Screening for aHUS at birth

Most babies are born healthy. Even those susceptible to aHUS due to genetic abnormalities are born healthy. Although it is rare, it has been known for newborns to onset within weeks.Screening for certain conditions in all new born babies is now a routine practice in countries and states which have approved its use.

EURORDIS has produced a booklet about the principles underpinning new born screening , it can accessed HERE) , A simple heel prick for a blood sample is all that needs to be done and is usually taken a few days after birth. The blood is then analysed to determine any onset /susceptibility to a range of illnesses.

Most screening tests are negative and parents will hear no more about it. A positive test does necessarily mean the baby is ill and needs treatment , but it is likely the will in the future.

Could aHUS become one of those conditions for screening asks Lexi and Tre?

Tre and Lexi ask about new born screening for aHUS

The following list gives the 35 conditions for screeing in Virginia, USA. It is a long list but aHUS is not one of them. Not all of these conditions get selected for screening by other States or Countries who have decided what is screened for in their own panels.

What conditions are Screened For in Virginia? (UPDATE check other states using this LINK to EveryLife Foundation for Rare Diseases Website)

Amino Acid Disorders

Endocrine Disorders

Fatty Acid Oxidation Disorders

Hemoglobin Disorders

Lysosomal Storage Disorders

Organic Acid Conditions

Other Disorders

Few will be familiar with many of them. Probably the best known being sickle cell disease and cystic fibrosis. Both those two diseases are rare but are more common than aHUS. Sickle cell much more so, but it shares Complement as a disease mechanism.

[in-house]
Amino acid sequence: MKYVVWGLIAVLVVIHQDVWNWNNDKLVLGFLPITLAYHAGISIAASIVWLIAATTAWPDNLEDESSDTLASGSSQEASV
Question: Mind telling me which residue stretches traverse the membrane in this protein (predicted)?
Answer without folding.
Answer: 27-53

Being predisposed to aHUS does not mean that someone will onset. Ever. If screening led to treatment it would mean that some people would have preventative treatment for life, unnecessarily. Most of the few who will onset do not onset with aHUS until they are 30 years old, or more, so for many treatment would be wasted.

Those who have no known genetic variant would not test positive of course. So such screening would not be fully inclusive for around 40% of potential aHUS patients. Some who have a family history of aHUS would not likely be surprised if a new born was susceptible.

But knowing about having a predisposition to aHUS is of interest for many, but not always to all of those susceptible. Even if they never need treatment.

Like other States Virginia has a Committee to decide which diseses should be screened for. At this link the process is illustrated in the way the decision on whether to include Krabbe’s Disease was made. ( HERE).

Of specific interest in the account , are the reasons given for a decision not to include Krabbe Disease on the panel for screening:

 1. Krabbe Disease is not one of the disorders on the RUSP. Disorders on the RUSP are chosen
based on evidence that supports the potential net benefit of screening, the ability of states to
screen for the disorder, and the availability of effective treatments. Krabbe Disease was
reviewed for consideration to be added to the RUSP in 2009 and not approved;
 2. The lack of data on the number of EIKD cases exclusively identified through NBS without any
family history or prenatal diagnosis;
 3. The inability for identified infants to receive care within Virginia due to the lack of an available
pediatric transplant center. Concerns of receiving treatment within a narrow window with
documented cases of delays in receiving care outside of the state and inequality for the Virginia
Medicaid population;
 4. The potential for a high rate of intermediate or borderline results (PSY of 2-10) and lack of
genotype/phenotype correlation will lead to significant psychological distress and a medical
odyssey for families in attempting to confirm or refute the diagnosis.